Wednesday, July 22, 2015

Publishing in the 21st Century

I always found that one of the core features or tasks of a publisher it to spend money made with best-selling artists on the newcomers. This applies both to publishers of music (a.k.a. labels) and literature.
Call it a cross-subsidy (and yell fire if you are too neo-liberal for this).

Over the last decades it appears that this is no longer the case.  
It seems that corporate financial controlling measures are being applied to each author or book of its own (or artist/album), and if it can not turn a profit, it will not be published. Profits from say Harry Potter [1] stay with the Harry Potter team and division and are not invested to find the next promising author.
That's because everyone hates cross-subsidies. Even within one company.

I especially find this is the case in music:
Take the recent rant of Taylor Swift against Apple. She complained (whether rightfully or not) about the fact Apple will not pay the artists during the 3 months trial period, because they, Apple, themselves don't receive any money.[2] Let's for a second ignore whether this is fair or not, let's turn to a separate aspect:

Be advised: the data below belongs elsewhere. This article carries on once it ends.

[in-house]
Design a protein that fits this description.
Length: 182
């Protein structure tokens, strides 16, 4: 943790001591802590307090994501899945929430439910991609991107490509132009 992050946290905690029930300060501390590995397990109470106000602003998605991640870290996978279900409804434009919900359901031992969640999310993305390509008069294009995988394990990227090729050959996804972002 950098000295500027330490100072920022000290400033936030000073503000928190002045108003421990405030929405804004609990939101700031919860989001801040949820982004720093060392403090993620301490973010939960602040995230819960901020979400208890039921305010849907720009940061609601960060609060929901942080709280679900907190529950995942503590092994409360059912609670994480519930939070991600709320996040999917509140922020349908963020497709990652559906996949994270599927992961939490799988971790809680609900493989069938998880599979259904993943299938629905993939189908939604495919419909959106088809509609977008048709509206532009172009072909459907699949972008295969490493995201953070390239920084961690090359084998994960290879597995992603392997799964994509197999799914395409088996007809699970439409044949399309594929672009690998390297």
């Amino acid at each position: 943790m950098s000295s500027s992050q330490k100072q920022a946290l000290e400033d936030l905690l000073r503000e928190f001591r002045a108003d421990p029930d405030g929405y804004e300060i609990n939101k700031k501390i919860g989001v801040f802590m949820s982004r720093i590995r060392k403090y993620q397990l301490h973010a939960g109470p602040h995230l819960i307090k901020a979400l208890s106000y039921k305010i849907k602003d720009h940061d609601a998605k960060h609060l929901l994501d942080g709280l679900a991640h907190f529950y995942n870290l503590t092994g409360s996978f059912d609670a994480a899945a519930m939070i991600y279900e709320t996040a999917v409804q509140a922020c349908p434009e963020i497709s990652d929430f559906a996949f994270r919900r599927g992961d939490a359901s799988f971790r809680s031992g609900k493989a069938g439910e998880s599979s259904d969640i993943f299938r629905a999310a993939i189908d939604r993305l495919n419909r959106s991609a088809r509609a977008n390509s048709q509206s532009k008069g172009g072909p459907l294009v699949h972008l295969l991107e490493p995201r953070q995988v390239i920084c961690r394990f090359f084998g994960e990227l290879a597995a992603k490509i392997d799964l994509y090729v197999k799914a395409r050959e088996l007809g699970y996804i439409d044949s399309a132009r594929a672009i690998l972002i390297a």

Taylor Swift claimed in her open letter to Apple that she's is not complaining for herself (as she gets enough money) but for the young / indie artists:
This is not about me. Thankfully I am on my fifth album and can support myself, my band, crew, and entire management team by playing live shows. This is about the new artist or band that has just released their first single and will not be paid for its success. ...
So is she asking Apple to take on the role of a publisher? She is asking them to help (i.e. finance) the young artists. Shouldn't the labels be doing this with the revenues they already make?
Interestingly she does not mention that this could be done out of the revenue streams from her music, only from the young artists themselves. That's odd.

So this is only a little less greedy than actually asking for herself - as she claims this is not doing.
Not so philanthropic after all.

Where are the publishers or labels in all of this? By taking themselves totally out of this equation, they will get by-passed in the future. Why would anyone need a publisher, when they don't even fulfill one of their core tasks? What's the value of a label/publisher to a young artist?

Instead of greedily clinging to their old business model, which is falling apart, they should think of creating new and relevant offerings to their customers, i.e. the artists.

[1] I admit I have done the research on this author/book/publisher, I just use it as an example. Correct me in the comments if I'm wrong.
[2] Apple of course changed this after her open letter.

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